TechRadar recently spoke to Vice President of OneRiot, the real-time search engine that aims to keep you up to date with exactly what's hot on the web at the moment. We wanted to find out why it's getting so much attention at the moment.
Real-time search is the ultimate buzzword on the web at the moment, with Twitter and Facebook just a few of the sites opening up the social possibilities of up-to-the-minute information, and with OneRiot taking this one step further, there's no time like the present to speak about the machinations behind the site, and just how it keeps right up to date…
TechRadar: Tell us a little bit about the history of OneRiot
Tobias Peggs: We launched the Alpha version of the site in November last year, then we launched the Beta in May. But we have been building the product for just over two years.
There's some very complex search architecture in the background, which has to be put in place before you can put a site like this live.
When people have been using things like Google for 10 years, they expect things to happen, like page load times.
TR: Why do you think consumers are looking at real-time search now?
TP: People are realising there's a very real need for real-time search. If you look at the numbers and how they break down, regarding how people search the web, 20 per cent are navigational searches, those searching for Yahoo.com and Sony.com. 40 per cent are trying to find specific information: there's a recipe for cabbage soup that I need, and so on.
Traditional searches are very good at dealing with this 60 per cent of the market. But there's around 40 per cent of searches where the user behaviour is where they want completely up to date information on something like, say, the Iran election and Michael Jackson's death.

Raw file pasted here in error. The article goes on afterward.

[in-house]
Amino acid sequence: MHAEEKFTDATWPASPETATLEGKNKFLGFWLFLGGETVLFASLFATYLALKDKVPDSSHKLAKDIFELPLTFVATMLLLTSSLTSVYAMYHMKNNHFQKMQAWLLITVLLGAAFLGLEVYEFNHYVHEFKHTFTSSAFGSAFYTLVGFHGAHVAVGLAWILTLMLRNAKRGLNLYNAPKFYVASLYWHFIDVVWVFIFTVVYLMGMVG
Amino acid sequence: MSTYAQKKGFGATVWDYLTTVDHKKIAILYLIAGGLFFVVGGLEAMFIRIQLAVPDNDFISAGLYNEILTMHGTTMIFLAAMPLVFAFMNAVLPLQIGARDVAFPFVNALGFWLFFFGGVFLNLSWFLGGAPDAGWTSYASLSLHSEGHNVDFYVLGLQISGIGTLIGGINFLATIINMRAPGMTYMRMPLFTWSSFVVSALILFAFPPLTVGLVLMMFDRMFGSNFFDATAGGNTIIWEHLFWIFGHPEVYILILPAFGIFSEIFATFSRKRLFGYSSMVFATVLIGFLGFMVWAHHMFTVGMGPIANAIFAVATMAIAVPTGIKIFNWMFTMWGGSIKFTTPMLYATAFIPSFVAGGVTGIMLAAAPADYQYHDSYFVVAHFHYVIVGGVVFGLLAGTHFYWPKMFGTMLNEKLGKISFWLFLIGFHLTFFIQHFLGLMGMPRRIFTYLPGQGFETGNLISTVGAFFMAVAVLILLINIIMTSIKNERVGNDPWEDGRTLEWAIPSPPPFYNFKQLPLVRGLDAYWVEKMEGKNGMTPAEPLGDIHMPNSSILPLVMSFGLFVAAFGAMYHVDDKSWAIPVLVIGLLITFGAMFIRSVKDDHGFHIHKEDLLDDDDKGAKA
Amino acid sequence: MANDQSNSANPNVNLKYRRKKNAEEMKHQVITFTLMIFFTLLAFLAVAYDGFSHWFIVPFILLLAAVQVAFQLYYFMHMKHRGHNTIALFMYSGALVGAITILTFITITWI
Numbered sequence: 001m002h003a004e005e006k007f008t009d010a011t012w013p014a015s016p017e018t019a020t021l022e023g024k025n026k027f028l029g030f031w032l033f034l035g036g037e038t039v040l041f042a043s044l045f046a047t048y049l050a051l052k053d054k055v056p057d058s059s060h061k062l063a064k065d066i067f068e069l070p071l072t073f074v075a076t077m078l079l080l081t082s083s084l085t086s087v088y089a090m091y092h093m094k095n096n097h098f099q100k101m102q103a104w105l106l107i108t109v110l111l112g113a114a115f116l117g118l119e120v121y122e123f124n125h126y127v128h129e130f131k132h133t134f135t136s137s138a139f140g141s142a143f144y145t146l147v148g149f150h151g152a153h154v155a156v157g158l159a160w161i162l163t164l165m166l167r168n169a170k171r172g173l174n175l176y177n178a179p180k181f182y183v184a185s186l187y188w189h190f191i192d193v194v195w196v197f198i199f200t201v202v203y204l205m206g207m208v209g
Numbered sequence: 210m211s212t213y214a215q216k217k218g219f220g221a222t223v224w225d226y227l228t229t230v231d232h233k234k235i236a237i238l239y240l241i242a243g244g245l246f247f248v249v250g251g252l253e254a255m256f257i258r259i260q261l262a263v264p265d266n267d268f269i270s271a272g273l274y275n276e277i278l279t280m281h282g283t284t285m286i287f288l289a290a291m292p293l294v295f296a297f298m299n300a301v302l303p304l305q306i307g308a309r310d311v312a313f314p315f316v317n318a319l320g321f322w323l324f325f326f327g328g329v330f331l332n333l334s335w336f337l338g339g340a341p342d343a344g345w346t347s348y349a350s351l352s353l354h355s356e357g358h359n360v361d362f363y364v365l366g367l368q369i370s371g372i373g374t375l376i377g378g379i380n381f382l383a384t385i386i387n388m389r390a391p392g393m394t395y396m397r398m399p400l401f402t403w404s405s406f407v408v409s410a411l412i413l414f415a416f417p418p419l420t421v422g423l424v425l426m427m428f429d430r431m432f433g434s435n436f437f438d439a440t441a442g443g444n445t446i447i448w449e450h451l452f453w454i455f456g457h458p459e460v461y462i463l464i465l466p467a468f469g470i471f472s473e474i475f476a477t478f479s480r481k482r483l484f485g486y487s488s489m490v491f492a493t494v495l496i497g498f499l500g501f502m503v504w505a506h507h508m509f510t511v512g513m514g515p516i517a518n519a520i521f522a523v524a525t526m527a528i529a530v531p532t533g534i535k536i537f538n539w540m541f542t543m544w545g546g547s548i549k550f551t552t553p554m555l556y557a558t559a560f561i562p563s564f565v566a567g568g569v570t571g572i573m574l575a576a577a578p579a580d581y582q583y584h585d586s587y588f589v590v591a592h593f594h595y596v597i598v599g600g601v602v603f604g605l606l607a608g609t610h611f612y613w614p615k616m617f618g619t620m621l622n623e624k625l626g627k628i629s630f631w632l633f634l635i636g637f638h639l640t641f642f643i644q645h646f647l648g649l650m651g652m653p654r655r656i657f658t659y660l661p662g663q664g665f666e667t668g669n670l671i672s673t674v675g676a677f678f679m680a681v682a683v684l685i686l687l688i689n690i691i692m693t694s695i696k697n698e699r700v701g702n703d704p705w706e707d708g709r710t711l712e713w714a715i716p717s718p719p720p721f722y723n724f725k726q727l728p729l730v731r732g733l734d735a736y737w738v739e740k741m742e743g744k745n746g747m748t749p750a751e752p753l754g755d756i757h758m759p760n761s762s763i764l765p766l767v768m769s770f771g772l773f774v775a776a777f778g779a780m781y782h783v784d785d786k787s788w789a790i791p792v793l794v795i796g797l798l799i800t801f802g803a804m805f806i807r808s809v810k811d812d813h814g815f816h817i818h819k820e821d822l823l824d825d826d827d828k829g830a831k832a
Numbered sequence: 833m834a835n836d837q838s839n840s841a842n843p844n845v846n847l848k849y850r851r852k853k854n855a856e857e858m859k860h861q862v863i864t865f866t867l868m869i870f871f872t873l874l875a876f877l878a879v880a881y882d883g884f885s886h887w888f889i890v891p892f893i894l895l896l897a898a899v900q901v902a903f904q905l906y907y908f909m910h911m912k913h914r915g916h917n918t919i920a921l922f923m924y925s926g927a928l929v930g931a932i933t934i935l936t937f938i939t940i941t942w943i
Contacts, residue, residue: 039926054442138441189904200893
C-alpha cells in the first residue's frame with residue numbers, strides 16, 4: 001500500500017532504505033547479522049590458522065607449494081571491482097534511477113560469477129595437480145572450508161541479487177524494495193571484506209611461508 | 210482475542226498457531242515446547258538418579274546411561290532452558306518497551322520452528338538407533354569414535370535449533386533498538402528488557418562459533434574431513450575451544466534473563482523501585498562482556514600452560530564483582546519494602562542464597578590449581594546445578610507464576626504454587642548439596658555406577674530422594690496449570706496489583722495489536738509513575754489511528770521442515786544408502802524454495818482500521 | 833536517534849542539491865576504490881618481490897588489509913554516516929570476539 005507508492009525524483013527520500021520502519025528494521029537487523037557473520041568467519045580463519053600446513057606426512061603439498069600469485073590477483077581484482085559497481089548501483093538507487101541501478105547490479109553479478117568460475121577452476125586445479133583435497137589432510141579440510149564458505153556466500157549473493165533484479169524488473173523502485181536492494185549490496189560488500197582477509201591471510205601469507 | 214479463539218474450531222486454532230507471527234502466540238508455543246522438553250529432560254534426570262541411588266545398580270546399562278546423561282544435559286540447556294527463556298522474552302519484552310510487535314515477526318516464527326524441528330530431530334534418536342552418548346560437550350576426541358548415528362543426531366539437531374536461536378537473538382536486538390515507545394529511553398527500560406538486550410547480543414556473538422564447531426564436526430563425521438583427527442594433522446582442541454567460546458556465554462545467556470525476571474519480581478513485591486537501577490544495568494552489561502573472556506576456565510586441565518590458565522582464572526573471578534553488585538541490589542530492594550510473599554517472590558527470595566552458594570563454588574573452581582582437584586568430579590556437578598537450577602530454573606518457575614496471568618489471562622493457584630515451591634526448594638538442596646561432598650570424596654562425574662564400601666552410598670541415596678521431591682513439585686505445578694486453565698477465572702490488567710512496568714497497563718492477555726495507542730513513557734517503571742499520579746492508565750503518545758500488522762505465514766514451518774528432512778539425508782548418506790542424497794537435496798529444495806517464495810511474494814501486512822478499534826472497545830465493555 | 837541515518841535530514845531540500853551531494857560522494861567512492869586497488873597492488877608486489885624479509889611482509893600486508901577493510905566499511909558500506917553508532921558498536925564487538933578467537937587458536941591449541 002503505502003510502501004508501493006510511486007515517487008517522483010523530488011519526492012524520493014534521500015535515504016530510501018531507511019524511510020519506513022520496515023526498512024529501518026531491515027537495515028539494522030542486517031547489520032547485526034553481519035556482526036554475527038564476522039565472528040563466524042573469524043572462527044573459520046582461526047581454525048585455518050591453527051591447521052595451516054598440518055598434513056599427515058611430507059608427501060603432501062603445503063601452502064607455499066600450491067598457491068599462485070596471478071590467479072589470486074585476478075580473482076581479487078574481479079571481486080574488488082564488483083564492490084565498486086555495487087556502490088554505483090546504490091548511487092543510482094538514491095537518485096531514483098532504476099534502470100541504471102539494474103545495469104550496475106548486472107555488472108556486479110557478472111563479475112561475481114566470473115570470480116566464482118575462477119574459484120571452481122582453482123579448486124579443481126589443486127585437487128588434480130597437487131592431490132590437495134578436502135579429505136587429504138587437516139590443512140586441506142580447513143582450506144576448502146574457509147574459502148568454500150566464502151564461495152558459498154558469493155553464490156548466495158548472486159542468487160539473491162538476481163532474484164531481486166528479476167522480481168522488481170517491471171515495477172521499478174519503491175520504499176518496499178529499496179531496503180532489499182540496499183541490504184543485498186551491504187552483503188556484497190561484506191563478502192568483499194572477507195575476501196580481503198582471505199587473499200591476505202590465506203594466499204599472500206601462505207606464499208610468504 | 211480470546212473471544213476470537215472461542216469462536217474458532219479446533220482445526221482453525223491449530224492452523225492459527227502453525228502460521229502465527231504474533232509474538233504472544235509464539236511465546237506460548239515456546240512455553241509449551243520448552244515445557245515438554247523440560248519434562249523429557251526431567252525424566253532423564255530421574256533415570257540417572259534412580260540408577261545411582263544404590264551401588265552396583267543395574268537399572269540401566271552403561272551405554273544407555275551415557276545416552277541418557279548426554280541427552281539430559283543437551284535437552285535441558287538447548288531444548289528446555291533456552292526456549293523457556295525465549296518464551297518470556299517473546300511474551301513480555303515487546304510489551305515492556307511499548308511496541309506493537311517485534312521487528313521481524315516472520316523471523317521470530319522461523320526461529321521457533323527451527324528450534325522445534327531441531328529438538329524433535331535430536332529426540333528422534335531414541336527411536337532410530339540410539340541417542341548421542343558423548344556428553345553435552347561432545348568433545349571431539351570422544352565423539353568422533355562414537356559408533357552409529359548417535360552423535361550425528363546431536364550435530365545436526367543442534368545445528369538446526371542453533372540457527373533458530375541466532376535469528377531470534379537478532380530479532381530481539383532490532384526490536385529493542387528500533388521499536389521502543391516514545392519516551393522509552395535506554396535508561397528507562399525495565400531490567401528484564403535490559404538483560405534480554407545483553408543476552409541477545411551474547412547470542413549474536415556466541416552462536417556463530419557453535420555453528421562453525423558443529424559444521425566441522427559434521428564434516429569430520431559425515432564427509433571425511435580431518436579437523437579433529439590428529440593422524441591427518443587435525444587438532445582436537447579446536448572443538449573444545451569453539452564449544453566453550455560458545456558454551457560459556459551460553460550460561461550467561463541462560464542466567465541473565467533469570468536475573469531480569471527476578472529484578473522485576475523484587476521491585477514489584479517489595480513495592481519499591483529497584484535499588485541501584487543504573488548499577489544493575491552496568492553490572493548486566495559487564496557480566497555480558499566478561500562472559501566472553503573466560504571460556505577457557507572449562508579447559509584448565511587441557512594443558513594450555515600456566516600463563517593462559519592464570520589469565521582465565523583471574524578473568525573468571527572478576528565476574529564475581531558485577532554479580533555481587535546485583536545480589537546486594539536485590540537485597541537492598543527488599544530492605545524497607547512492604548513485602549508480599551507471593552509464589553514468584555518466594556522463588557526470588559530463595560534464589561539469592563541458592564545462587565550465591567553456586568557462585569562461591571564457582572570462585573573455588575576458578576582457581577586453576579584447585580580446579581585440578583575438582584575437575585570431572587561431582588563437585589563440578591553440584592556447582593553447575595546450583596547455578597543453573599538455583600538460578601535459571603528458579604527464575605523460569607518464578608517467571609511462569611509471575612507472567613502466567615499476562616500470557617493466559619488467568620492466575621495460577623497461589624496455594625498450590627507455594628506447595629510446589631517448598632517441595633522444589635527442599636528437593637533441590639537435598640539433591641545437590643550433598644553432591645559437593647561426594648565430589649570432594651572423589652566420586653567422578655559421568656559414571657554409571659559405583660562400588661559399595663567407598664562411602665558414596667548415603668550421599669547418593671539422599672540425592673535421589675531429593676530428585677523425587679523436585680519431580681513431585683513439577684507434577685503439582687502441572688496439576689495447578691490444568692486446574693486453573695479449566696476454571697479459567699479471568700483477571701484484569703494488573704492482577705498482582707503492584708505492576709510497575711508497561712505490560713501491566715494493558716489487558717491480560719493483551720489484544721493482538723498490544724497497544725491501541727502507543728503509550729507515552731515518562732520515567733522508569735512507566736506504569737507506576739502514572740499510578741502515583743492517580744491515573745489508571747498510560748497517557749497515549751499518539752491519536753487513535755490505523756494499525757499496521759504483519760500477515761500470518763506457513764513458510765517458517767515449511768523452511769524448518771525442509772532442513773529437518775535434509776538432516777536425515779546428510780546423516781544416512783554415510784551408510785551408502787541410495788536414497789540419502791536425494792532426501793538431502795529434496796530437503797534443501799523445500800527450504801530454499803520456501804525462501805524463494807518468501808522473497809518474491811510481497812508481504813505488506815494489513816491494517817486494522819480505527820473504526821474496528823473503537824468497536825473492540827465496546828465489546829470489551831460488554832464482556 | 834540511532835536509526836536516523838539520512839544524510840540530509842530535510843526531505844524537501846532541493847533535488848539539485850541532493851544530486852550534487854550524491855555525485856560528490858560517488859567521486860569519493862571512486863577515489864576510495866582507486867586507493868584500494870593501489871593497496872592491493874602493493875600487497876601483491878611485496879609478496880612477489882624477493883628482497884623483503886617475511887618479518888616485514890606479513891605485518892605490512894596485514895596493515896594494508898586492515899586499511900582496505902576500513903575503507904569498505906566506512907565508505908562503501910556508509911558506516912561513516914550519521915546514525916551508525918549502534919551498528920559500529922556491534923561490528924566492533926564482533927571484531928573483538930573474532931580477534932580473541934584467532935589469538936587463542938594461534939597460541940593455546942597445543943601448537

Consumers are beginning to realise there's new avenues to find this information and you don't have to just look on things like Wikipedia.
And with traditional search engines when you type in something it is typically these sorts of pages that come up first, and they fail to tell you what is actually going on right now.
TR: This is something that Twitter does…
TP: Twitter is helping with that enormously because it is such a buzzy, right now, place for content. Twitter is a Black Swan – it's just phenomenal.
TR: Did you know Twitter would explode the way it did?
TP: Being based in San Francisco, it's such a close community you couldn't not realise that it was going to be a success. Twitter has been part of my 24/7 experience, and you could always see what was going to happen.
But what this does is open people's possibilities that you can get real-time information about what is happening right now.
The issue with Twitter is that you can type something you want to know about it, and search results. You'll get pages and pages of information regarding your search but not all if it is going to be relevant.
Say it's people tweeting stuff about U2 – some of them have links to articles on the web, some is opinion, some is irrelevant.
So what we've done at oneRiot is harness that social energy on the web, people sharing stuff with other people. We look at Twitter trends, what's going on the Digg pages.
We also have our own panel of users, about three million strong who in real-time tell us what is happening. So we harness all that information.
So when you search oneRiot we show you the news article you have got to read that day, because that is what everyone else is reading, the video that is popular, the blog commenter who is making sense of things. It's all about fresh, socially relevant information.
TR: How do you rank your pages?
TP: We developed something called Pulse Rank. We very much believe in the need to rank things. You've found something you want to learn about, but there are thousands of things about it, so rather than provide a real-time stream of things that aren't relevant. We rank the results in real-time, based on pulse ranking which broadly reflects current social buzz around content.